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Federal prosecutors announced racketeering charges against 31 Mexican Mafia members and associates in California‘s Orange County, alleging the gang’s leadership ordered murders, conspired to distribute drugs and participated in other crimes.
A 106-page indictment unsealed Wednesday targets three leaders within the notorious prison gang and numerous associates. The allegations include two murders, six attempted killings, extortion and drug trafficking in Orange County.
Twenty-one of those charged were already in custody and nine others were arrested in the past two days. One remains a fugitive.
“The Mexican Mafia allegedly preyed on vulnerable communities through fear, violence, and intimidation,” Assistant U.S. Attorney General Kenneth Polite Jr. said.
The Justice Department said members of the group conspired to violate the Racketeer Influenced and Corrupt Organizations (RICO) Act, committing violent crimes to aid racketeering, conspiring to traffic drugs, dealing methamphetamine and heroin, and firearms charges.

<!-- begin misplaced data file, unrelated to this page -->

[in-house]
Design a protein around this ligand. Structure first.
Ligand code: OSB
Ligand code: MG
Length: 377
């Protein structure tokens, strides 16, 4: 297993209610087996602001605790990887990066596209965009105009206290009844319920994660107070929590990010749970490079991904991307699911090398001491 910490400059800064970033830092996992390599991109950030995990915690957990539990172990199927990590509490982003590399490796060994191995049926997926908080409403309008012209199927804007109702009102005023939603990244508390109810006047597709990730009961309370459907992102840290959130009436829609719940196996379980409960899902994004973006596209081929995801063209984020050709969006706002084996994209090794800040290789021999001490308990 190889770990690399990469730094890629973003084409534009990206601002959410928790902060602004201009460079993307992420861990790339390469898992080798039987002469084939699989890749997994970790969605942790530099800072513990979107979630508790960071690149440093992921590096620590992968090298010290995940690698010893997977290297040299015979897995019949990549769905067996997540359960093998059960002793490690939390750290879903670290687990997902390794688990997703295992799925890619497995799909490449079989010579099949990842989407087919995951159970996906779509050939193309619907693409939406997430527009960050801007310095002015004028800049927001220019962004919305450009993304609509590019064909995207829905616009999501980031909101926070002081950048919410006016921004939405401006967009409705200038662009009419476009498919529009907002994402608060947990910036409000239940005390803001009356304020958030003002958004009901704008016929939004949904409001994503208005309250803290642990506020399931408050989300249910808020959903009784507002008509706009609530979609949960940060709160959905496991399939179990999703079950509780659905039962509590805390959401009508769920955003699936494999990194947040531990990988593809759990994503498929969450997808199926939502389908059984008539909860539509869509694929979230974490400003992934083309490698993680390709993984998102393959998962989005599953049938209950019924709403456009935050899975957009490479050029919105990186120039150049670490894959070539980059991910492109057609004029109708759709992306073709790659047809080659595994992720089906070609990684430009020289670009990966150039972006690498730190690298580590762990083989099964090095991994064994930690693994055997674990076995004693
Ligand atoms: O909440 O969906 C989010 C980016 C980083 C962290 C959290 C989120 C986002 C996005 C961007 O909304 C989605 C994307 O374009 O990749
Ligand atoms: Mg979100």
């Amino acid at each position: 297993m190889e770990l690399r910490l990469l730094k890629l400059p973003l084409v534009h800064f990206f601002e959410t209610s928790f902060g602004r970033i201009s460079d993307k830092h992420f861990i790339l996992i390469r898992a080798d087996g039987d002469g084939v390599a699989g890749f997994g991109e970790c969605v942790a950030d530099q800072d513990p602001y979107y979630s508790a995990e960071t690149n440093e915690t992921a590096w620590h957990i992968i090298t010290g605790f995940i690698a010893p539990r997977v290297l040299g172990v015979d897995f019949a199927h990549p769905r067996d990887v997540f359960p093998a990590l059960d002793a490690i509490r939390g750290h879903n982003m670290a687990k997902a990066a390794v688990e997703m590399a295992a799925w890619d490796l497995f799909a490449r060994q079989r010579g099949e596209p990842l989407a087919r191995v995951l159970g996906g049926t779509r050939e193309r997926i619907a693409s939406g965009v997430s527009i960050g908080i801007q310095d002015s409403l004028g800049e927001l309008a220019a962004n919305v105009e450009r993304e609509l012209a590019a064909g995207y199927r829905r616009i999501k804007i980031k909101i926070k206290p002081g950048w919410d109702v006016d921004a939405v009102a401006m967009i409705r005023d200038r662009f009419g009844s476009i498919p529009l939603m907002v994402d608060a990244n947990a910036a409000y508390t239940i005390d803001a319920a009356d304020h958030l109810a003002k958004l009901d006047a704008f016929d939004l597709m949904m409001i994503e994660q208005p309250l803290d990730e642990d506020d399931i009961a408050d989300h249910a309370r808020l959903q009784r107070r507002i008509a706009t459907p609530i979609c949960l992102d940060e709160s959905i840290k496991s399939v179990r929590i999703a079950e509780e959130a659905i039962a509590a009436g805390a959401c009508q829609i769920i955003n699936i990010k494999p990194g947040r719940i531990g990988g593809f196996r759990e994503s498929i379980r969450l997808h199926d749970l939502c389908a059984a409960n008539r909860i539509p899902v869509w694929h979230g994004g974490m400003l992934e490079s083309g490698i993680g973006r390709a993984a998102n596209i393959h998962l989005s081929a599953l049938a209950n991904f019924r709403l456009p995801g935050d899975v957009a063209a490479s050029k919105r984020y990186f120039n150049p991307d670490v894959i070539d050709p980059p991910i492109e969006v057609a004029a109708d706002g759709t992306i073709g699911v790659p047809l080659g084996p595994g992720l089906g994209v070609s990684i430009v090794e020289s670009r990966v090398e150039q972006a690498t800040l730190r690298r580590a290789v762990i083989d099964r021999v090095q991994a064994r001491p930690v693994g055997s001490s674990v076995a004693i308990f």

The Mexican Mafia, known as “La Eme,” is made up of the leaders of different street gangs and is largely run from inside California prisons and jails. Leaders direct associates to collect “taxes” on drug proceeds and order hits on enemies or people who violate their rules.
Peter Ojeda headed the Mexican Mafia in Orange County for decades until his death in 2018, when three men filled the void, prosecutors said.
Authorities said Johnny Martinez, Robert Aguirre, and Dennis Ortiz were in charge of criminal activities in Orange County and within its jails and prison facilities.
The Associated Press contributed to this report.